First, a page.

Oculus Sued By VR Tech Start-Up

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A Hawaii-based start-up alleges Oculus founder Palmer Luckey misappropriated its technology in the creation of the Rift headset

Facebook-owned virtual-reality (VR) headset maker Oculus has been sued by a Hawaii-based start-up called Total Recall Technologies (TRT), accusing Oculus founder Palmer Luckey of improperly using confidential information while working with TRT.

Oculus and Luckey are both named in the complaint (PDF), filed in the US District Court of Northern California last week, which alleges Luckey used knowledge related to patented TRT technology in building the Oculus Rift VR headset.

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Patented technology

Oculus has yet to produce a finished product, having provided only a series of prototypes to developers since 2012, but was attracted attention when it was acquired by Facebook for $2 billion (£1.29bn) last year.

According to the lawsuit, TRT partners Ron Igra and Thomas Seidl patented a method for taking video of a real-world scene and representing it in a head-mounted display using an “ultra-wide field of view”.

Seidl in 2011 asked Luckey to build a prototype display for TRT, and throughout late 2011 and into 2012 provided “confidential feedback and information to Luckey in order to improve the design of the head-mounted display”, as well as paying for parts, according to the lawsuit.

Luckey signed a non-disclosure agreement on 1 August, 2011, and shipped a completed prototype to TRT on 23 August, 2011, according to the complaint.

“At all relevant times, the information provided to Luckey by TRT was confidential, and TRT expected the information to remain confidential,” the lawsuit says, adding that the start-up expected “exclusive rights to the design”.

Breach of contract

Luckey improperly used information and materials from his collaboration with TRT in the design of the Oculus Rift headset, which he launched via a Kickstarter campaign in 2012, during the term of his agreement with TRT, the complaint alleges.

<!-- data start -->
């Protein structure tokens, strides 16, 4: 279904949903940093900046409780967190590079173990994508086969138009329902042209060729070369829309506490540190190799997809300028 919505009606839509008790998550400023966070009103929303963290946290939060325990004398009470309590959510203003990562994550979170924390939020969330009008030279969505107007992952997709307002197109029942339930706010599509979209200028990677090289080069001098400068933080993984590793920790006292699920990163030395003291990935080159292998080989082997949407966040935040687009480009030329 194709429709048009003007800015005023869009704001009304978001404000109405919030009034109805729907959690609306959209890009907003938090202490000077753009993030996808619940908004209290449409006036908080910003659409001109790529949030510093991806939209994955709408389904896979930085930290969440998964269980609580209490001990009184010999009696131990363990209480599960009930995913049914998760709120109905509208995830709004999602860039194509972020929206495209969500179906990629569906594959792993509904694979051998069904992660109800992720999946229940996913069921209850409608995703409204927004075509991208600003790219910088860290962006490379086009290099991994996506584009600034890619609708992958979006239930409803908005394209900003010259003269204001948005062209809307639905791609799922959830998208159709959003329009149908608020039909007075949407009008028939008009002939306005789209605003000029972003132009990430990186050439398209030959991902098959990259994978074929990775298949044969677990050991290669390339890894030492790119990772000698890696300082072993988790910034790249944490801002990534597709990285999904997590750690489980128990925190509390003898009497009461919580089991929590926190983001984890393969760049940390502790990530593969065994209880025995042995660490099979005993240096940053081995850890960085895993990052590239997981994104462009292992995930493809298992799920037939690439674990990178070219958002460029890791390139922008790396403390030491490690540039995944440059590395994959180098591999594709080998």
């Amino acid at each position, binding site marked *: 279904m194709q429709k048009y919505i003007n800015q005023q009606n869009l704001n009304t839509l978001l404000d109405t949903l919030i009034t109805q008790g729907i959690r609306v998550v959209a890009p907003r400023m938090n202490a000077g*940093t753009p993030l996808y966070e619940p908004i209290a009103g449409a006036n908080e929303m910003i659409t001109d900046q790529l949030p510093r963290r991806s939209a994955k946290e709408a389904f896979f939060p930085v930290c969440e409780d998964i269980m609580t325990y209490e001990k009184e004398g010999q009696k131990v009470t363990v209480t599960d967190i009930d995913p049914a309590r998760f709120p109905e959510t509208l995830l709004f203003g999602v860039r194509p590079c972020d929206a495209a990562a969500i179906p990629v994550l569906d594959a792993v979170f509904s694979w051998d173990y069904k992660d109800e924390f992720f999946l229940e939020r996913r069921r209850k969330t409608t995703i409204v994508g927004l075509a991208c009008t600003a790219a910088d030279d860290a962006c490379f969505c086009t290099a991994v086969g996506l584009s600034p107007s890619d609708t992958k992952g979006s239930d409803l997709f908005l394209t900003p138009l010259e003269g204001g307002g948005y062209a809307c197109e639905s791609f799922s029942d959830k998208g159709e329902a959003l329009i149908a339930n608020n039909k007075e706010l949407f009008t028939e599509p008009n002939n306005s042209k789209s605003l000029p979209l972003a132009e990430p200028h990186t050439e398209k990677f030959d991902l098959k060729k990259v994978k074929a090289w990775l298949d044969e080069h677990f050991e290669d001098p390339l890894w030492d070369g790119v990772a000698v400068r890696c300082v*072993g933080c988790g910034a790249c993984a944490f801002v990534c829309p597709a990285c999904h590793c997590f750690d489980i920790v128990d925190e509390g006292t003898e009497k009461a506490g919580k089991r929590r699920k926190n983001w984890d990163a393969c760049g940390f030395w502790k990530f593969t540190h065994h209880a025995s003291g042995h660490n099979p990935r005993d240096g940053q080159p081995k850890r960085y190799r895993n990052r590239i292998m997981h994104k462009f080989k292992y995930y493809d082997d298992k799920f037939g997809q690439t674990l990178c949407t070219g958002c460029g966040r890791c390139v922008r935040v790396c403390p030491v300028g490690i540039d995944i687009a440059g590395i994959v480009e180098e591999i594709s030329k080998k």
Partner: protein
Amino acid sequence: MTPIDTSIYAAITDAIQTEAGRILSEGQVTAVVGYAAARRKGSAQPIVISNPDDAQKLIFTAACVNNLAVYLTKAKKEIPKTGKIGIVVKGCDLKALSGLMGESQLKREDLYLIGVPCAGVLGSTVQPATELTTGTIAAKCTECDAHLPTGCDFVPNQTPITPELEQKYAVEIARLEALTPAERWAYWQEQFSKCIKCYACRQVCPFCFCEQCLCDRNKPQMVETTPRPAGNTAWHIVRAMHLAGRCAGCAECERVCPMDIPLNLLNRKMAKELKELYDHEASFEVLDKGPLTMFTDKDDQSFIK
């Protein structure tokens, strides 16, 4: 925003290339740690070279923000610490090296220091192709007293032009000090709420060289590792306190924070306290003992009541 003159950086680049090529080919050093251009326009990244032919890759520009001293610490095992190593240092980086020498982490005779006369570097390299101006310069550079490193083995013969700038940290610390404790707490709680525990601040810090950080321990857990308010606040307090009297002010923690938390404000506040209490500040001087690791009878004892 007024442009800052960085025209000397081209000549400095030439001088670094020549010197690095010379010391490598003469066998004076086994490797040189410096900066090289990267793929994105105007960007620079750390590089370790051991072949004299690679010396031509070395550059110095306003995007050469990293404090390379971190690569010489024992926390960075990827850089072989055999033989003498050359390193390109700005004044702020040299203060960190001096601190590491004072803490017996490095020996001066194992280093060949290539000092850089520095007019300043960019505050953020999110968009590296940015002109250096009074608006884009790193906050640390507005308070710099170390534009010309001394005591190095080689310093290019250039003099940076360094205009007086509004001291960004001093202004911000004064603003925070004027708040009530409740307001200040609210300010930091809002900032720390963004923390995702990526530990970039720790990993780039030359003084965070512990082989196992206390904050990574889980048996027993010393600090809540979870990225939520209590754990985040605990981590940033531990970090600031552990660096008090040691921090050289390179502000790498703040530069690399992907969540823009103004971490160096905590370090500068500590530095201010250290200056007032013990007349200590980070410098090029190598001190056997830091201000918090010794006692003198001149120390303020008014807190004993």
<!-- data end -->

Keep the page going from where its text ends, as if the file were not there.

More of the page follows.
“Luckey took the information he learned from the Partnership, as well as the prototype that he built for the TRT using design features and other confidential information and materials supplied by the Partnership, and passed it off to others as his own,” it states, noting that Luckey formed Oculus LLC in June 2012.

Oculus has shipped two developer kits for the Rift since 2012, and has demonstrated a third prototype. It has said the first consumer version will be available in the first quarter of next year.

The lawsuit, for which TRT has retained Quinn Emanuel Urquhart & Sullivan, which has also worked on behalf of Google and Samsung, seeks unspecified compensatory and punitive damages for charges including breach of contract and wrongful exploitation of TRT’s intellectual property.

Facebook declined to comment.

ZeniMax lawsuit

In a similar case, Oculus was sued in 2014 by ZeniMax, a games publisher that owns the development studios behind popular titles including Doom, alleging that Doom co-creator John Carmack provided “fundamental technology” and information to Oculus before leaving Zenimax to join the VR company last year.

That lawsuit accused Oculus of “illegally misappropriating ZeniMax trade secrets relating to virtual reality technology, and infringing ZeniMax copyrights and trademarks”.

Zenimax-owned Id Software makes immersive 3D games of the kind targeted by the upcoming Oculus headset, as well as competing devices from the likes of Sony and Chinese hardware maker HTC.

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